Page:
McCarthy often played down her role on the revolutionary left during the thirties, as in this passage from an interview in Paris Review 1961.
Well, I went to New York, and I began reviewing for The New Republic and The Nation—right away. I wrote these little book reviews. Then there was a series about the critics. The Nation wanted a large-scale attack on critics and book reviewers, chiefly those in the Herald Tribune, the Times, and the Saturday Review and so on. I had been doing some rather harsh reviews, so they chose me as the person to do this. But I was so young—I think I was twenty-two—that they didn’t trust me. So they got Margaret Marshall, who was the assistant literary editor then, to do it with me: actually we divided the work up and did separate pieces. But she was older and was supposed to be—I don’t know—a restraining influence on me; anyway, someone more responsible. That series was a great sensation at the time, and it made people very mad. I continued just to do book reviews, maybe one other piece about the theater, something like the one on the literary critics. And then nothing more until Partisan Review started. That was when I tried to write the detective story—before Partisan Review. To be exact, Partisan Review had existed as a Stalinist magazine, and then it had died, gone to limbo. But after the Moscow trials, the PR boys, Rahv and Phillips, revived it, got a backer, merged with some other people—Dwight Macdonald and others—and started it again. As an anti-Stalinist magazine. I had been married to an actor, and was supposed to know something about the theater, so I began writing a theater column for them. I didn’t have any other ambitions at all. Then I married Edmund Wilson, and after we’d been married about a week, he said, “I think you have a talent for writing fiction.” And he put me in a little room. He didn’t literally lock the door, but he said, “Stay in there!” And I did. I just sat down, and it just came. It was the first story I had ever written, really: the first story in The Company She Keeps. Robert Penn Warren published it in the Southern Review. And I found myself writing fiction, to my great surprise.
This was when you became involved in politics, wasn’t it?
No. Earlier. In 1936, at the time of the Moscow trials. That changed absolutely everything. I got swept into the whole Trotskyite movement. But by accident. I was at a party. I knew Jim Farrell—I’d reviewed one of his books, I think it was Studs Lonigan—in any case, I knew Jim Farrell, and I was asked to a party given by his publisher for Art Young, the old Masses cartoonist. There were a lot of communists at this party. Anyway, Farrell went around asking people whether they thought Trotsky was entitled to a hearing and to the right of asylum. I said yes, and that was all. The next thing I discovered I was on the letterhead of something calling itself the American Committee for the Defense of Leon Trotsky. I was furious, of course, at this use of my name. Not that my name had any consequence, but still, it was mine. Just as I was about to make some sort of protest, I began to get all sorts of calls from Stalinists, telling me to get off the committee. I began to see that other people were falling off the committee, like Freda Kirchwey—she was the first to go, I think—and this cowardice impressed me so unfavorably that naturally I didn’t say anything about my name having got on there by accident, or at least without my realizing. So I stayed.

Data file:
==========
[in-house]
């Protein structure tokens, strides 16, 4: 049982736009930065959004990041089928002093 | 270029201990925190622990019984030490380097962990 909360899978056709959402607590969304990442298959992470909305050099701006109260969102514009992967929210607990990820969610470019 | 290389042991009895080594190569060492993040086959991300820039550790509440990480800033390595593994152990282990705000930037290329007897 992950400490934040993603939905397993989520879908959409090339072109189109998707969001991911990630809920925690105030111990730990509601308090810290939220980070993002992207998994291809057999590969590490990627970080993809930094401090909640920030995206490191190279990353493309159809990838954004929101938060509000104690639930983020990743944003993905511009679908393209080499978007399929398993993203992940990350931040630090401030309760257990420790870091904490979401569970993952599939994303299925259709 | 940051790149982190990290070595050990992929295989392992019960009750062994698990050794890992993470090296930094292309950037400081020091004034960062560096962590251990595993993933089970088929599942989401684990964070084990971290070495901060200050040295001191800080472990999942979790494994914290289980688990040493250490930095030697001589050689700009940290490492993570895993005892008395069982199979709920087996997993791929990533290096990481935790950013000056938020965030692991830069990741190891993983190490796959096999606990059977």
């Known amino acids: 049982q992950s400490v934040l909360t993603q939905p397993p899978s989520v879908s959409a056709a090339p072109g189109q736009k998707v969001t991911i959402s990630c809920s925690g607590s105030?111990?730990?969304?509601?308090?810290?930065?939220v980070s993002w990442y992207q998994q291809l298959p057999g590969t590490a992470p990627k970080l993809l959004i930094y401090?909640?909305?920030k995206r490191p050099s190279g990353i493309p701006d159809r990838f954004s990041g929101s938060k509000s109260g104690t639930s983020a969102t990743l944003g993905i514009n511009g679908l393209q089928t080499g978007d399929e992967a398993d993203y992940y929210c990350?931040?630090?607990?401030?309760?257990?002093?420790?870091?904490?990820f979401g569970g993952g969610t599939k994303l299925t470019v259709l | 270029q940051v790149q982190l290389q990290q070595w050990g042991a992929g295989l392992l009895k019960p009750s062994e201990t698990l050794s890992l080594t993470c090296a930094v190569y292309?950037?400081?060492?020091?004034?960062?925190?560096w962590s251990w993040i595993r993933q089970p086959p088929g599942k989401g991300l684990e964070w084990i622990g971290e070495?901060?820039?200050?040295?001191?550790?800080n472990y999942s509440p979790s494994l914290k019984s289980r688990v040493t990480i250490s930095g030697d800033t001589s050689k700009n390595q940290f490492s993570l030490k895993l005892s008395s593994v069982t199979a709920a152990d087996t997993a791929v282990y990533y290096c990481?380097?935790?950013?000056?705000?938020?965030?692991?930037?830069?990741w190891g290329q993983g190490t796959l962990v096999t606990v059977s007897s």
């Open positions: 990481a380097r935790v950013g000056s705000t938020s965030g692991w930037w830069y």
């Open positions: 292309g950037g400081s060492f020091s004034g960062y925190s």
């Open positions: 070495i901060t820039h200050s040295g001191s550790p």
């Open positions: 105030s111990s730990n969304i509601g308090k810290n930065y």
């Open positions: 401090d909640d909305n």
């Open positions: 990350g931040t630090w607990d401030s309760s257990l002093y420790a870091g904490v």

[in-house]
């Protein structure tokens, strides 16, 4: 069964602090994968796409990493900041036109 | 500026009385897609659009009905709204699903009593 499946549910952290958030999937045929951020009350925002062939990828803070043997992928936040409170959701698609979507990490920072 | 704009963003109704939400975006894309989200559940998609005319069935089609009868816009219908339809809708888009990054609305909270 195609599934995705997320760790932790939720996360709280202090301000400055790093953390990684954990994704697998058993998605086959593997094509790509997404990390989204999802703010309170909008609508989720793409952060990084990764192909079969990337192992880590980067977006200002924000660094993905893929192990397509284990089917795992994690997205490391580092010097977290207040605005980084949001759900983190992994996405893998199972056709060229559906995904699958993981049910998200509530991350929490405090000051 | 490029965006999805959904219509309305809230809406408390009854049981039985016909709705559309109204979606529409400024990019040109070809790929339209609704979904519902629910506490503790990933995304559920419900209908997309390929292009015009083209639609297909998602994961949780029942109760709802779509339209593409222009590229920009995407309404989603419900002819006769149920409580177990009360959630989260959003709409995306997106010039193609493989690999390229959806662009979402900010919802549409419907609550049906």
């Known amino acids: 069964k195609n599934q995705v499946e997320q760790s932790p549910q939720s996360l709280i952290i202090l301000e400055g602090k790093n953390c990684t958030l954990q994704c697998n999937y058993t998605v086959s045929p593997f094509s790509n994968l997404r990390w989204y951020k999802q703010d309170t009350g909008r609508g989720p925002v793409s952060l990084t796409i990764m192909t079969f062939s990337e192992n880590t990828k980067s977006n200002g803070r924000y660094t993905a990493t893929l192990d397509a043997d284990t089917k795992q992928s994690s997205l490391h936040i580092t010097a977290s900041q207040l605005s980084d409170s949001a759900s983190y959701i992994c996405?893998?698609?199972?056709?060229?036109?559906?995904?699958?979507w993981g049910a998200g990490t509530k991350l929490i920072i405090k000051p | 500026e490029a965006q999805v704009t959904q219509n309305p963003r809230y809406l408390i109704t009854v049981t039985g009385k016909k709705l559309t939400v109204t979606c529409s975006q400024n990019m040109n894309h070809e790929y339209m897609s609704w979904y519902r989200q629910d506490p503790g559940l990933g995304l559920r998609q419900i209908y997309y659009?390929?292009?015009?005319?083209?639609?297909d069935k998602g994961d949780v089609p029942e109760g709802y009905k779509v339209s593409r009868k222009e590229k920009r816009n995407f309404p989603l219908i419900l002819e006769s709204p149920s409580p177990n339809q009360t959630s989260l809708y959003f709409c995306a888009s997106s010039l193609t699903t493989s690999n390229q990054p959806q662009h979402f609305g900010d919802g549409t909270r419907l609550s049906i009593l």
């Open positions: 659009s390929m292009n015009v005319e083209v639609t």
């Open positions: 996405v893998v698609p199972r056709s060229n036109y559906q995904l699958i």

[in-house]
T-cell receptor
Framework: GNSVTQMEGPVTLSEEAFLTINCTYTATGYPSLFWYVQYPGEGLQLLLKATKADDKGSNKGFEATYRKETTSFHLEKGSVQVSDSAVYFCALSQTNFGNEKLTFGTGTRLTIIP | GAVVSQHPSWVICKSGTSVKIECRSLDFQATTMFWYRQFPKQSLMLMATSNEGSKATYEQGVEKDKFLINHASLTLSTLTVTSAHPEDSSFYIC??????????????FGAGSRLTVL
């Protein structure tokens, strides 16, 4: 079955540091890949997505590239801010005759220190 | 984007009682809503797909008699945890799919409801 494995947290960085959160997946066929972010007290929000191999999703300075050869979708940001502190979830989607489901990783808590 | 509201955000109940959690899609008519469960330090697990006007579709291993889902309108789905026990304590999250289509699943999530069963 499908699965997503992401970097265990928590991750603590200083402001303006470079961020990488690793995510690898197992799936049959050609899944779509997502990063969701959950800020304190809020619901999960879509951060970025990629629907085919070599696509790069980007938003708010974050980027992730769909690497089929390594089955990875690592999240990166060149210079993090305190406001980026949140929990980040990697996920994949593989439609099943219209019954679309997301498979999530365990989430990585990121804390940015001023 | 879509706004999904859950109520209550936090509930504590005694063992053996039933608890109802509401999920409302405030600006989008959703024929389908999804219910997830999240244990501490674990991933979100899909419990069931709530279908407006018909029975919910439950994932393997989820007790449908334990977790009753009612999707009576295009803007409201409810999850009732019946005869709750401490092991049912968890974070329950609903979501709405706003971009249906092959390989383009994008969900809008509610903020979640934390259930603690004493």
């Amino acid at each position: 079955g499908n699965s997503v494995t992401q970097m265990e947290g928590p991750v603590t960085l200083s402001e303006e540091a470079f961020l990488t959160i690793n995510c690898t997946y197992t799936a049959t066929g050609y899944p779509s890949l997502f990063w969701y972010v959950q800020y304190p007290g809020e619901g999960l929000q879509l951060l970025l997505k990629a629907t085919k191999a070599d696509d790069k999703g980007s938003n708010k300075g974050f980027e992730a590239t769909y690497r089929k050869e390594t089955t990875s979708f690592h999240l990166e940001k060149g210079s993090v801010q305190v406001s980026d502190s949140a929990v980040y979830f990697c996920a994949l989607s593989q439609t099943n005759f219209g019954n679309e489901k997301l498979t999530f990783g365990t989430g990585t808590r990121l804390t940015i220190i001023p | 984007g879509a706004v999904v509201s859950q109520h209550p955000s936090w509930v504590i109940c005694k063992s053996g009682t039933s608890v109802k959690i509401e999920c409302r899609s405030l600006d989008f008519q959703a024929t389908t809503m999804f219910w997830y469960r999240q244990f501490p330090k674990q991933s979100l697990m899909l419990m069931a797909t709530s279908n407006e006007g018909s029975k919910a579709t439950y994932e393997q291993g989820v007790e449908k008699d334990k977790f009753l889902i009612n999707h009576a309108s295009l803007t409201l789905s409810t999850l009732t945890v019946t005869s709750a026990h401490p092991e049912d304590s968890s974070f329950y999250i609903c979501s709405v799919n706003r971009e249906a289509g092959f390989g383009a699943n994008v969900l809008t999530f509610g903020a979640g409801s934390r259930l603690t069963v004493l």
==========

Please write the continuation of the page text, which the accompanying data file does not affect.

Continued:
I began to know all the people on the committee. We’d attend meetings. It was a completely different world. Serious, you know. Anyway, that’s how I got to know the PR boys. They hadn’t yet revived the Partisan Review, but they were both on the Trotsky committee, at least Philip was. We—the committee, that is—used to meet in Farrell’s apartment. I remember once when we met on St. Valentine’s Day and I thought, Oh, this is so strange, because I’m the only person in this room who realizes that it’s Valentine’s Day. It was true! I had a lot of rather rich Stalinist friends, and I was always on the defensive with them, about the Moscow trial question, Trotsky and so on. So I had to inform myself, really, in order to conduct the argument. I found that I was reading more and more, getting more and more involved in this business. At the same time I got a job at Covici-Friede, a rather left-wing publishing house now out of business, also full of Stalinists. I began to see Philip Rahv again because Covici Friede needed some readers’ opinions on Russian books, and I remembered that he read Russian, so he came around to the office, and we began to see each other. When Partisan Review was revived I appeared as a sort of fifth wheel—there may have been more than that—but in any case as a kind of appendage of Partisan Review.
Then you hadn’t really been interested in politics before the Moscow trials?
No, not really. My first husband had worked at the Theater Union, which was a radical group downtown that put on proletarian plays, and there were lots of communists in that. Very few socialists. And so I knew all these people; I knew that kind of person. But I wasn’t very sympathetic to them. We used to see each other, and there were a lot of jokes. I even marched in May Day parades. Things like that. But it was all . . . fun. It was all done in that spirit. And I remained, as the Partisan Review boys said, absolutely bourgeois throughout. They always said to me very sternly, “You’re really a throwback. You’re really a twenties figure.”